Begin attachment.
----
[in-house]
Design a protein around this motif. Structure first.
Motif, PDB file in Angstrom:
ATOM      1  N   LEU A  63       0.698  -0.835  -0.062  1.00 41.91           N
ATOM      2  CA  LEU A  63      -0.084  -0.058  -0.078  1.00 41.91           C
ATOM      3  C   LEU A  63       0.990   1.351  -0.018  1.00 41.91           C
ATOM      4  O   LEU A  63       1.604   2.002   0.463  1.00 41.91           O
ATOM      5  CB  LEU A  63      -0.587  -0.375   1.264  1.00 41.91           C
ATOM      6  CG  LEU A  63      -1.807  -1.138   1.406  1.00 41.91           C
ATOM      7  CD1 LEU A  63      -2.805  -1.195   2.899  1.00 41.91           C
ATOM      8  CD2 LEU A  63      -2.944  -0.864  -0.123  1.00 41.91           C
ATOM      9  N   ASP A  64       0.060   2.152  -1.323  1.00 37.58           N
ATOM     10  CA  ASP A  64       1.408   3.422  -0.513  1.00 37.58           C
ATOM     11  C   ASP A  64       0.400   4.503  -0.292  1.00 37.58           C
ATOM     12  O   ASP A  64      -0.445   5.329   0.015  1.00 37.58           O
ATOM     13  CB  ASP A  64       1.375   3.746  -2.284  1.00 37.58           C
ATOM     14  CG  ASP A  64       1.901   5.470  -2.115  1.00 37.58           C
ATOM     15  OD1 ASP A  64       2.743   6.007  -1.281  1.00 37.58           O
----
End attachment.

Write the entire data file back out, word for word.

[in-house]
Design a protein around this motif. Structure first.
Motif, PDB file in Angstrom:
ATOM      1  N   LEU A  63       0.698  -0.835  -0.062  1.00 41.91           N
ATOM      2  CA  LEU A  63      -0.084  -0.058  -0.078  1.00 41.91           C
ATOM      3  C   LEU A  63       0.990   1.351  -0.018  1.00 41.91           C
ATOM      4  O   LEU A  63       1.604   2.002   0.463  1.00 41.91           O
ATOM      5  CB  LEU A  63      -0.587  -0.375   1.264  1.00 41.91           C
ATOM      6  CG  LEU A  63      -1.807  -1.138   1.406  1.00 41.91           C
ATOM      7  CD1 LEU A  63      -2.805  -1.195   2.899  1.00 41.91           C
ATOM      8  CD2 LEU A  63      -2.944  -0.864  -0.123  1.00 41.91           C
ATOM      9  N   ASP A  64       0.060   2.152  -1.323  1.00 37.58           N
ATOM     10  CA  ASP A  64       1.408   3.422  -0.513  1.00 37.58           C
ATOM     11  C   ASP A  64       0.400   4.503  -0.292  1.00 37.58           C
ATOM     12  O   ASP A  64      -0.445   5.329   0.015  1.00 37.58           O
ATOM     13  CB  ASP A  64       1.375   3.746  -2.284  1.00 37.58           C
ATOM     14  CG  ASP A  64       1.901   5.470  -2.115  1.00 37.58           C
ATOM     15  OD1 ASP A  64       2.743   6.007  -1.281  1.00 37.58           O